"England and Sussex bowler Ollie Robinson has been suspended from all international cricket pending the outcome of a disciplinary investigation following historic tweets he posted in 2012 and 2013," said an ECB statement. "He will not be available for selection for the second Test against New Zealand starting at Edgbaston on Thursday 10 June. "Robinson will leave the England camp immediately and return to his county," it added.
The paceman led England's attack with 4-75 in the first innings at Lord's and followed up with 3-26 in the second while in between making a useful 42 with the bat. But he found himself making an unreserved apology after stumps on Wednesday, his first day in Test cricket, for tweets that included comments suggesting Muslim people were linked to terrorism, and derogatory remarks about women and people of Asian heritage.
His messages re-emerged after both teams lined up before play on Wednesday for a 'Moment of Unity' designed to show their opposition to discrimination, with England wearing T-shirts stating 'Cricket is a game for everyone'. Robinson, in a statement issued after play said he was "embarrassed" and "ashamed" by the posts. "I want to make it clear that I'm not racist and I'm not sexist," he added.
England captain Joe Root speaking after stumps on Sunday but before Robinson's suspension had been announced, said of the tweets: "I couldn't believe them, personally." Root, however, added Robinson had shown a "lot of remorse" that was "very genuine".
Turning to Robinson's first match as a Test cricketer, on the field at Lord's, the skipper said: "He has had an exceptional debut...He's showed high levels of skill and he's definitely got the game that can be successful in Test cricket." Root, however, insisted: "In regards to the stuff that's happened off the field, it's not acceptable within our game. We all know that."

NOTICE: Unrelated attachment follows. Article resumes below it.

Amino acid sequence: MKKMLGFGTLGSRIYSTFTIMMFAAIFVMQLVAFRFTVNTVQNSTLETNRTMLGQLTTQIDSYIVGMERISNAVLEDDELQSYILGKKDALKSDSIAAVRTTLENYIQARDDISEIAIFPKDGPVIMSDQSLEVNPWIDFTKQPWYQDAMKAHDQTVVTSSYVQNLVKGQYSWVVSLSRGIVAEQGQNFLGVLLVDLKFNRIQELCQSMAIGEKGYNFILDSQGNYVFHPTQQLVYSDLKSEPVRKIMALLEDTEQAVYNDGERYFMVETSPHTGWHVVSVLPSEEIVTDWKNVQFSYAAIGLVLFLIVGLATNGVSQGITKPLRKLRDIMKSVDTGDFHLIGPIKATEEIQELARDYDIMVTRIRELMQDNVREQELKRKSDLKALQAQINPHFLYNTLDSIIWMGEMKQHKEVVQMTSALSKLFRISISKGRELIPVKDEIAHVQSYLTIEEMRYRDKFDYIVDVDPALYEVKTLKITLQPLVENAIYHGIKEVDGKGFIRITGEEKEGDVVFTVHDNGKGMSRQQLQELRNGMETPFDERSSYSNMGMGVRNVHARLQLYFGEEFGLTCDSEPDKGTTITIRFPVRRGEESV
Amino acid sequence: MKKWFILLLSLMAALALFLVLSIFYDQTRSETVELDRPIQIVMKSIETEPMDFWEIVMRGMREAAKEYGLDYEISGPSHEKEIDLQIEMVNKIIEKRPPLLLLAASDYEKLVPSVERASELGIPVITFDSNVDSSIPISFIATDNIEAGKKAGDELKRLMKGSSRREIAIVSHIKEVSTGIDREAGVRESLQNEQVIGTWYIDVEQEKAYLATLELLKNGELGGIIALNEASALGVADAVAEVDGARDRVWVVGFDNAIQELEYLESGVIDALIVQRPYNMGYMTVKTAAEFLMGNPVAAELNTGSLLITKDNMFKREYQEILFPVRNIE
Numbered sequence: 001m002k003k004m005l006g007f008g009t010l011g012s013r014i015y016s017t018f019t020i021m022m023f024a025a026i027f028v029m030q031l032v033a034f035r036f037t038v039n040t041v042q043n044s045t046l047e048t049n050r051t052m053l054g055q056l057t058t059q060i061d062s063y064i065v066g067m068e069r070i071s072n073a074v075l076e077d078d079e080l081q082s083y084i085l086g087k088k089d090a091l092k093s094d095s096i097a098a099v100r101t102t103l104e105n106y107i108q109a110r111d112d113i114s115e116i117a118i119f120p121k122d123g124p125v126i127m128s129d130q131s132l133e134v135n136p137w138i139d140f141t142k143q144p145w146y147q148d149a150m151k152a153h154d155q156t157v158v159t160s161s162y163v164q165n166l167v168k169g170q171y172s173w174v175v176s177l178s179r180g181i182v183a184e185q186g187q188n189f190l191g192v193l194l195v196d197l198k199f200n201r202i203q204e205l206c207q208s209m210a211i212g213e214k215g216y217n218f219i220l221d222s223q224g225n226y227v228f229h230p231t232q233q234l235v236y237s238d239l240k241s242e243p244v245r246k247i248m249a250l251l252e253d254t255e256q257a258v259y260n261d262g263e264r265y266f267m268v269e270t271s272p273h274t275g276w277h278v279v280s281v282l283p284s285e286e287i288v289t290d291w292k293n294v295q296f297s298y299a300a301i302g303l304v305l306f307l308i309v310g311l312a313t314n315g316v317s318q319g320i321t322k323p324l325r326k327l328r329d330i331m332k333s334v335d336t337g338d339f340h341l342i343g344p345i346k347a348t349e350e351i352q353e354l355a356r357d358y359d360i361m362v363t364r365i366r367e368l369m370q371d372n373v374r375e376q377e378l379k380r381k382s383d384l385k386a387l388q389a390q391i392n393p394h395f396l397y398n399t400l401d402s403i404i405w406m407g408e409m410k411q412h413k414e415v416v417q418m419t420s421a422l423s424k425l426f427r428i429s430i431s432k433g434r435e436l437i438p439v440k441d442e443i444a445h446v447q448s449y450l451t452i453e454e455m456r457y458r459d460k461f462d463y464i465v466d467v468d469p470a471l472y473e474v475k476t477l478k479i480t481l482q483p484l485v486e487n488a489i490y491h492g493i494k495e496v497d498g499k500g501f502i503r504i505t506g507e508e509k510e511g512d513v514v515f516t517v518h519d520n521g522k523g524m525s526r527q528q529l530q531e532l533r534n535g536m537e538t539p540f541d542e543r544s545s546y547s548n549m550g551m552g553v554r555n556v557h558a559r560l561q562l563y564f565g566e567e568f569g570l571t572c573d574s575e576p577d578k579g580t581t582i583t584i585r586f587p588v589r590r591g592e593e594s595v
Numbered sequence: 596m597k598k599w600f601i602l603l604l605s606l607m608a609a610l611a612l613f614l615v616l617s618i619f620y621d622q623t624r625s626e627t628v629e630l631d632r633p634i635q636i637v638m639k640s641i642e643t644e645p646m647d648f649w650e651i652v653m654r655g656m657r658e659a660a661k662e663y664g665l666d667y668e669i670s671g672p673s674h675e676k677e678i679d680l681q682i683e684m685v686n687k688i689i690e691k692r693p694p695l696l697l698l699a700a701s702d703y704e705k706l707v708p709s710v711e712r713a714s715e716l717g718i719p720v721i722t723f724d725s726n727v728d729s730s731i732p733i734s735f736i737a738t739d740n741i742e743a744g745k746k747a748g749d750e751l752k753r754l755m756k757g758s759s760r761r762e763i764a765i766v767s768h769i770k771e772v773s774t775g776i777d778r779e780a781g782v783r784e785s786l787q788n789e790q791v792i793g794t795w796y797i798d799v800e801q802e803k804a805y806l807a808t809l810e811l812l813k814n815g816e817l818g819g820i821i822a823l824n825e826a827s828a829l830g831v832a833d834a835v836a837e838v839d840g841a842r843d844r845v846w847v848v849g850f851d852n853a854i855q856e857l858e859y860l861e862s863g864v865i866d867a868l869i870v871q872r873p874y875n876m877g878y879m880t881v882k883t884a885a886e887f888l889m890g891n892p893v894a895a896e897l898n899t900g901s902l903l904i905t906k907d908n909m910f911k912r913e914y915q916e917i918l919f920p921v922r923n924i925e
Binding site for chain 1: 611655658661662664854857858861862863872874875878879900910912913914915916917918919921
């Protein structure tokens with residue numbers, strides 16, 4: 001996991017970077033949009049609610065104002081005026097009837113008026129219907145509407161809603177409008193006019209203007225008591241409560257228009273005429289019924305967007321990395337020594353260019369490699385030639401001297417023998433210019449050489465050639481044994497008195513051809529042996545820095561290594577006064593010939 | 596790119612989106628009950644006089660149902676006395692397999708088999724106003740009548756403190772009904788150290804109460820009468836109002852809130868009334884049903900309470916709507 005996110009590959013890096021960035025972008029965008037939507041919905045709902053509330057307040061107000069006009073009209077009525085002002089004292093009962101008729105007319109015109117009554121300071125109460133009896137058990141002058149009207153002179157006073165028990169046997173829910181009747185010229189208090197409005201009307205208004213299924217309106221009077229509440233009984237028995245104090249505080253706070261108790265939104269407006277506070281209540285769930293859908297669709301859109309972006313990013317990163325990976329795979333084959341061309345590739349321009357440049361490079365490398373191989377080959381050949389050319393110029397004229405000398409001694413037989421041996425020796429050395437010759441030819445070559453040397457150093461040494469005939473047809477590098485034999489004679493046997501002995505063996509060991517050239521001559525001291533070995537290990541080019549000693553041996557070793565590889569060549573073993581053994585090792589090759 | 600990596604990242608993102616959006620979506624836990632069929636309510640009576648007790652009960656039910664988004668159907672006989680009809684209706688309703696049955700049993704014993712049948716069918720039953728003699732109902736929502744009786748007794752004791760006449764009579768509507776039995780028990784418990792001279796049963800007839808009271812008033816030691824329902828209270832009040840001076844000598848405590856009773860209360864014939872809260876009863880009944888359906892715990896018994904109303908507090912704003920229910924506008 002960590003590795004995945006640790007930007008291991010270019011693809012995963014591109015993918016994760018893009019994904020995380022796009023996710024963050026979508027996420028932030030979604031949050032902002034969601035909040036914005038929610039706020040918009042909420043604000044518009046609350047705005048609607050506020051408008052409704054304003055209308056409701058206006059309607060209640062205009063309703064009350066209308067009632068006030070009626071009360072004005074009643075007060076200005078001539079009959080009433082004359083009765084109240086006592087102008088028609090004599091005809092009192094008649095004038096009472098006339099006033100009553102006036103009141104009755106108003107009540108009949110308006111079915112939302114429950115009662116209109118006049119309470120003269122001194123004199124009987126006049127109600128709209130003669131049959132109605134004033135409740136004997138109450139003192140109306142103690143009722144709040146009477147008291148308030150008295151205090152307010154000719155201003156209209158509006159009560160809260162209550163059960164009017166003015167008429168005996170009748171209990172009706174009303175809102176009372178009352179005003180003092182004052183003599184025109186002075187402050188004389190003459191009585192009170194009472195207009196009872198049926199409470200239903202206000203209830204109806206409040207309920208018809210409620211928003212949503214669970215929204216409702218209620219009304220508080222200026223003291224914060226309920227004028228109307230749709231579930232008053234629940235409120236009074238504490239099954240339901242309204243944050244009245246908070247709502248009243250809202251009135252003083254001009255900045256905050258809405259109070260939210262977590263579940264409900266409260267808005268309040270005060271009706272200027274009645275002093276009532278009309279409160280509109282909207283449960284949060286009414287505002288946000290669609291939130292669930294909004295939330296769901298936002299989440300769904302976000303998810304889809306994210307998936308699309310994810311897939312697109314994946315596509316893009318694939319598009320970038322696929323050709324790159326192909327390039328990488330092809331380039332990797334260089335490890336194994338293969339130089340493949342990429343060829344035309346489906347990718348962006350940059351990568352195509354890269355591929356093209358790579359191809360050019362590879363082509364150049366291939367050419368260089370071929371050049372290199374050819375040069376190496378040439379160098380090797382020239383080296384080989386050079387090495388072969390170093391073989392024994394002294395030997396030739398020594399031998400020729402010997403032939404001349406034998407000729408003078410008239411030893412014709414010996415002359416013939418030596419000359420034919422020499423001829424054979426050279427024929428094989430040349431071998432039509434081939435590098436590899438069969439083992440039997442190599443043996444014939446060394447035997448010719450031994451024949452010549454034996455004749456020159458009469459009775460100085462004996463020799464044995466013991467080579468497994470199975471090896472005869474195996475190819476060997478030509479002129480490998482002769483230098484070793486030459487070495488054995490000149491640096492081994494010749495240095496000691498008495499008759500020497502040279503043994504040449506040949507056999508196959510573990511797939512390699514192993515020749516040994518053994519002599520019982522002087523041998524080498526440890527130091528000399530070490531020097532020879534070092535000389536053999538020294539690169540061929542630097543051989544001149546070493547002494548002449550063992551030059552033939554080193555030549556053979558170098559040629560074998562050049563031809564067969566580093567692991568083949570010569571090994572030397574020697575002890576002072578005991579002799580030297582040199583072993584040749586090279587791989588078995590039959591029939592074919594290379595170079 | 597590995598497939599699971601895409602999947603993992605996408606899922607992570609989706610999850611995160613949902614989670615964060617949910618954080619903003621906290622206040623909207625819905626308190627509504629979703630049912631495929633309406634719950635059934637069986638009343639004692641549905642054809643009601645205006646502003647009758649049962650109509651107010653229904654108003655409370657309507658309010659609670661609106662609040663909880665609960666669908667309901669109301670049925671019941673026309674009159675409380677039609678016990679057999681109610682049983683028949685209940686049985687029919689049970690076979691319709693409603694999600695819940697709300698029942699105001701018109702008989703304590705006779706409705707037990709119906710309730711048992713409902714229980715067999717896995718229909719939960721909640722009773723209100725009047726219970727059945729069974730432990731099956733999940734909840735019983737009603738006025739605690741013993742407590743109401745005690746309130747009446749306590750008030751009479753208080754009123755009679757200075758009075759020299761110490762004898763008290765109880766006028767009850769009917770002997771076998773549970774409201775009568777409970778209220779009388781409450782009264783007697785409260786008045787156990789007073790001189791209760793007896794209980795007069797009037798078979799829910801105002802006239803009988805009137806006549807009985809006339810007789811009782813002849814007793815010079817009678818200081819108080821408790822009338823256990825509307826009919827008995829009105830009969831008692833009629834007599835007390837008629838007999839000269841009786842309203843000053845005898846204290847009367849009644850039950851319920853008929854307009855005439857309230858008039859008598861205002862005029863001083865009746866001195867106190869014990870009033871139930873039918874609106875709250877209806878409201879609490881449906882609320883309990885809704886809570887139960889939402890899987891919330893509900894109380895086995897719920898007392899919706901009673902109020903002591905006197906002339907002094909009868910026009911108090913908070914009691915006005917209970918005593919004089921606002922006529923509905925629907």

As for suggestions that the ECB should have investigated Robinson's social media history prior to his England debut, Root said: "We can look back about how this could have been handled better, but the fact is it shouldn't have happened. "And if we continue to keep trying to better the game right now, then in years to come this shouldn't be an issue. We've got to move forward from this, learn from this and do everything we can to make sure it doesn't happen again."
Johnson steps into Robinson affair
Boris Johnson has backed Oliver Dowden after the culture secretary accused English cricket’s governing body of going “over the top” by suspending Robinson. Dowden said the England and Wales Cricket Board “should think again” about Robinson, who has apologised for tweets posted in 2012 and 2013. Details of his tweets emerged on Wednesday, the day the fast bowler made his Test match debut for England against New Zealand at Lord’s but the ECB suspended him only at the end of the match on Sunday.